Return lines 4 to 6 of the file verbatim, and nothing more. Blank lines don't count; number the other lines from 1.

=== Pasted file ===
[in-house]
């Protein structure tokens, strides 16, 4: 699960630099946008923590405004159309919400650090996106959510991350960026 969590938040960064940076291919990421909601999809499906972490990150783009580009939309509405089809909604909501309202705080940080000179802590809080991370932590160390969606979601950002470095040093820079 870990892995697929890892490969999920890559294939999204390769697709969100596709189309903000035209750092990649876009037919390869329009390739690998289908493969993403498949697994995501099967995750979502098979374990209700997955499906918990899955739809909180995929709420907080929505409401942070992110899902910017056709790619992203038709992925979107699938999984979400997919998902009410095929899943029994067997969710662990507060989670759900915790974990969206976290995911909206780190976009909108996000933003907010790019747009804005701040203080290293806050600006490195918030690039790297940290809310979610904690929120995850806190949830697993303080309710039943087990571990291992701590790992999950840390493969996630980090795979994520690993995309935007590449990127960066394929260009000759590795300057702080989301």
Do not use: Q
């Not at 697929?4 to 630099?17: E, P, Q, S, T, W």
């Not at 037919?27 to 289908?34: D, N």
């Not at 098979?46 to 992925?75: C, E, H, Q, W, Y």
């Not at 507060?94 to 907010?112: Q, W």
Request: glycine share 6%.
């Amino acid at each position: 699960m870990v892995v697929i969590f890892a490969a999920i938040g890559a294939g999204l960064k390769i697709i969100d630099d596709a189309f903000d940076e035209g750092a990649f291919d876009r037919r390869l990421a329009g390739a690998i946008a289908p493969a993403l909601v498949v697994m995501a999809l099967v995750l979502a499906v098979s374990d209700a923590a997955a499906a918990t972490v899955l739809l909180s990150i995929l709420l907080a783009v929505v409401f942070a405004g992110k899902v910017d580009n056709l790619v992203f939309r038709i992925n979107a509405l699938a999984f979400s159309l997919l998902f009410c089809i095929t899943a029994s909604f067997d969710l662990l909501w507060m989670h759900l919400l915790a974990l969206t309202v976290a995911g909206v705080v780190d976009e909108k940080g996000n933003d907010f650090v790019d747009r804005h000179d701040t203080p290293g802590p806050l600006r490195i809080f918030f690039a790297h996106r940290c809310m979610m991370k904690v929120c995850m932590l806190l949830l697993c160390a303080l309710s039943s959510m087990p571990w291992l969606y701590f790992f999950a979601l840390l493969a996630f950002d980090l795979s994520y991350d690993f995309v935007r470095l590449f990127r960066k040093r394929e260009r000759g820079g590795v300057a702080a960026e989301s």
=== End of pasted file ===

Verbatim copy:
């Not at 697929?4 to 630099?17: E, P, Q, S, T, W």
């Not at 037919?27 to 289908?34: D, N």
């Not at 098979?46 to 992925?75: C, E, H, Q, W, Y």